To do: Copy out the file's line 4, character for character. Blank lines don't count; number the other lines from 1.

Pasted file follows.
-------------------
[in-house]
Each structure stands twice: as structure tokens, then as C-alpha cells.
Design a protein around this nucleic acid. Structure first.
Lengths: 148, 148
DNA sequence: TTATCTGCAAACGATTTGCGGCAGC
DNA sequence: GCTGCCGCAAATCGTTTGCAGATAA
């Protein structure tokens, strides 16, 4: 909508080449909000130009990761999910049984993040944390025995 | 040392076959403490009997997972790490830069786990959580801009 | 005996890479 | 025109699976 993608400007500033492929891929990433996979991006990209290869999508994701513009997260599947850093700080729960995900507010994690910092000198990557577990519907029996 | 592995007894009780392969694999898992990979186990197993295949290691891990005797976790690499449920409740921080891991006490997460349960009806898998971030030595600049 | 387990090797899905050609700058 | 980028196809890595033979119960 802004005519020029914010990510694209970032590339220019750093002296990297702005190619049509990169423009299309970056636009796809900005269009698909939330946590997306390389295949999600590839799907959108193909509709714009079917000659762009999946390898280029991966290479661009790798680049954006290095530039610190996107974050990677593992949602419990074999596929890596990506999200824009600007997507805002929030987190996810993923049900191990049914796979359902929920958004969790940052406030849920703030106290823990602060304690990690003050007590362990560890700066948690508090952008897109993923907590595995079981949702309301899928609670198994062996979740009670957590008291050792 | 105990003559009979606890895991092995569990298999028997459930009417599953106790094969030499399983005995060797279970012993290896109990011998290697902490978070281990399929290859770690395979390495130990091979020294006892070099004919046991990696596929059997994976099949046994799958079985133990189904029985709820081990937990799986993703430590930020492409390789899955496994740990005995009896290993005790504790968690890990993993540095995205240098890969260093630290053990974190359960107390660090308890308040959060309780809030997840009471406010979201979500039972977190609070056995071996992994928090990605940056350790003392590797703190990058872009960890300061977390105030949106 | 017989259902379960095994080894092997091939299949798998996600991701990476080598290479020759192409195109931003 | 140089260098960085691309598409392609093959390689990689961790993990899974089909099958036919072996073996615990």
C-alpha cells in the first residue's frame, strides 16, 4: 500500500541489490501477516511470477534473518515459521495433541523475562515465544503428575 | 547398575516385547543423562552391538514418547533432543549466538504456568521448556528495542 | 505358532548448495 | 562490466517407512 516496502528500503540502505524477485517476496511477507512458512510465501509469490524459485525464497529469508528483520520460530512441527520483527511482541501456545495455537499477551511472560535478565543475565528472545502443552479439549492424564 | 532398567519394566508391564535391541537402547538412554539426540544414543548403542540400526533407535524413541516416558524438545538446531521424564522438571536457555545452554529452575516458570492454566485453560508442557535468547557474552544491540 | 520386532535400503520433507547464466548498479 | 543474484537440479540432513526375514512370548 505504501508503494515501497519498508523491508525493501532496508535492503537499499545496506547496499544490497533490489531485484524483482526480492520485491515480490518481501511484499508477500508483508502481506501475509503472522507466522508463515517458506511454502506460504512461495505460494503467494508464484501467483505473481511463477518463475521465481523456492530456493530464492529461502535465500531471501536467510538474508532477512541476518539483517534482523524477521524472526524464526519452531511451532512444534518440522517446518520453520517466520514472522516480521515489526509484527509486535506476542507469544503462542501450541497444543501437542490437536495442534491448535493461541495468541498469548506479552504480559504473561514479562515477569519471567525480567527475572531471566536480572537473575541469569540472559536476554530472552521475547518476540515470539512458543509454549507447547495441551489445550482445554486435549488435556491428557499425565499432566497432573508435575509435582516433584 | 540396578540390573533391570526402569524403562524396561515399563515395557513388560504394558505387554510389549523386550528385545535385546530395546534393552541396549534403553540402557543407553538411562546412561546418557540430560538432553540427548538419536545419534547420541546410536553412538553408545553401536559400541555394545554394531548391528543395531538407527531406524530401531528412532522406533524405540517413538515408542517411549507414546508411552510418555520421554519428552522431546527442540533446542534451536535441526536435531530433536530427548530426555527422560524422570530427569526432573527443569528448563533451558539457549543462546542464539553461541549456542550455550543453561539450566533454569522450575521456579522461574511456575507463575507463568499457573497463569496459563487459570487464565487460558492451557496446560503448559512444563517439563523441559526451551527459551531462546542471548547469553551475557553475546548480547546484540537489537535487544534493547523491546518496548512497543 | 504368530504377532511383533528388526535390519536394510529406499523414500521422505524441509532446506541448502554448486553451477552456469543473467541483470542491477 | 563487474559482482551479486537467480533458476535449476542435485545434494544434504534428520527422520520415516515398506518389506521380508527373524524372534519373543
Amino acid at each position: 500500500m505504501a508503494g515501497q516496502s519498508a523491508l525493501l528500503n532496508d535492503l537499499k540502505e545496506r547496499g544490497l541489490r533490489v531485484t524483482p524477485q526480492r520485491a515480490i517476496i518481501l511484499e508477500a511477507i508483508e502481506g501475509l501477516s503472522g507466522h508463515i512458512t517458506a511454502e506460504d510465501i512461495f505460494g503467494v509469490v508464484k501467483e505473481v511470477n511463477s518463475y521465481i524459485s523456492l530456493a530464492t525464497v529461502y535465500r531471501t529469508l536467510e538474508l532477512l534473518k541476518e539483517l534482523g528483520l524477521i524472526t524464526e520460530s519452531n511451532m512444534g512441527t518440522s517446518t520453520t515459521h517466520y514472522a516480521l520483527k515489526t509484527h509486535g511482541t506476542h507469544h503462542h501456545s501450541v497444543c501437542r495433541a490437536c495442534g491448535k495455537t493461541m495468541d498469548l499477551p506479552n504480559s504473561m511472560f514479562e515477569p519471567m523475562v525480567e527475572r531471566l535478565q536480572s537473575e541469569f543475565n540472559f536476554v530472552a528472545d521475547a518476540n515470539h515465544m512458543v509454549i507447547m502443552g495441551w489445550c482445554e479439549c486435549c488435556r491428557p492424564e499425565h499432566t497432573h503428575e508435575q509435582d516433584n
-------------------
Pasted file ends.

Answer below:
Lengths: 148, 148